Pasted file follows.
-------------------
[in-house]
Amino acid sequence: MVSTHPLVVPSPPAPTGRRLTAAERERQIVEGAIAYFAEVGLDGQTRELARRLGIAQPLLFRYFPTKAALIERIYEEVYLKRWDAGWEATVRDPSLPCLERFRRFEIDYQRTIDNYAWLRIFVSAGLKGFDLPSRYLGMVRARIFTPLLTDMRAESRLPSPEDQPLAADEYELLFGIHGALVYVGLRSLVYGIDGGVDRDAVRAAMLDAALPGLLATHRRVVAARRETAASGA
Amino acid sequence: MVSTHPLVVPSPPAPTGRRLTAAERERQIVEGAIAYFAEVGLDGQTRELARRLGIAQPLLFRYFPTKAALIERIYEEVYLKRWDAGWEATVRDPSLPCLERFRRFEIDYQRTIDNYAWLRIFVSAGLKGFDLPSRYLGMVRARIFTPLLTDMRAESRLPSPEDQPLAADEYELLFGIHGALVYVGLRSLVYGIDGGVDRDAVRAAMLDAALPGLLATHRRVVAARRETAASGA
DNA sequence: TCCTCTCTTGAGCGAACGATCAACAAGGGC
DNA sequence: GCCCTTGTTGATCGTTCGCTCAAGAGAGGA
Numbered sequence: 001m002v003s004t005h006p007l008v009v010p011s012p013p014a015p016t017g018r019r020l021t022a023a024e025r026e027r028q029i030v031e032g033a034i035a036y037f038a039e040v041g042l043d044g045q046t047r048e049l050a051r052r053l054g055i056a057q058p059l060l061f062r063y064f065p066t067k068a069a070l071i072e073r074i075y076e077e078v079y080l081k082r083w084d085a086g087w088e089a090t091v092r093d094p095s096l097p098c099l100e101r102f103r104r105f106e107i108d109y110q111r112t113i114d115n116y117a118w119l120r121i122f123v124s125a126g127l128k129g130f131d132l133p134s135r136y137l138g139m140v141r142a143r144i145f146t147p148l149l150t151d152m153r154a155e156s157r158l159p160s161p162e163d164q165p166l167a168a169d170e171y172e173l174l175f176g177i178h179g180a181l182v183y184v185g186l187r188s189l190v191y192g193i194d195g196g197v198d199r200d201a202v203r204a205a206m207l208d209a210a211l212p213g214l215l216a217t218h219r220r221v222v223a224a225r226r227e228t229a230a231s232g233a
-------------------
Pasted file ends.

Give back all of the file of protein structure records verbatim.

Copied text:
[in-house]
Amino acid sequence: MVSTHPLVVPSPPAPTGRRLTAAERERQIVEGAIAYFAEVGLDGQTRELARRLGIAQPLLFRYFPTKAALIERIYEEVYLKRWDAGWEATVRDPSLPCLERFRRFEIDYQRTIDNYAWLRIFVSAGLKGFDLPSRYLGMVRARIFTPLLTDMRAESRLPSPEDQPLAADEYELLFGIHGALVYVGLRSLVYGIDGGVDRDAVRAAMLDAALPGLLATHRRVVAARRETAASGA
Amino acid sequence: MVSTHPLVVPSPPAPTGRRLTAAERERQIVEGAIAYFAEVGLDGQTRELARRLGIAQPLLFRYFPTKAALIERIYEEVYLKRWDAGWEATVRDPSLPCLERFRRFEIDYQRTIDNYAWLRIFVSAGLKGFDLPSRYLGMVRARIFTPLLTDMRAESRLPSPEDQPLAADEYELLFGIHGALVYVGLRSLVYGIDGGVDRDAVRAAMLDAALPGLLATHRRVVAARRETAASGA
DNA sequence: TCCTCTCTTGAGCGAACGATCAACAAGGGC
DNA sequence: GCCCTTGTTGATCGTTCGCTCAAGAGAGGA
Numbered sequence: 001m002v003s004t005h006p007l008v009v010p011s012p013p014a015p016t017g018r019r020l021t022a023a024e025r026e027r028q029i030v031e032g033a034i035a036y037f038a039e040v041g042l043d044g045q046t047r048e049l050a051r052r053l054g055i056a057q058p059l060l061f062r063y064f065p066t067k068a069a070l071i072e073r074i075y076e077e078v079y080l081k082r083w084d085a086g087w088e089a090t091v092r093d094p095s096l097p098c099l100e101r102f103r104r105f106e107i108d109y110q111r112t113i114d115n116y117a118w119l120r121i122f123v124s125a126g127l128k129g130f131d132l133p134s135r136y137l138g139m140v141r142a143r144i145f146t147p148l149l150t151d152m153r154a155e156s157r158l159p160s161p162e163d164q165p166l167a168a169d170e171y172e173l174l175f176g177i178h179g180a181l182v183y184v185g186l187r188s189l190v191y192g193i194d195g196g197v198d199r200d201a202v203r204a205a206m207l208d209a210a211l212p213g214l215l216a217t218h219r220r221v222v223a224a225r226r227e228t229a230a231s232g233a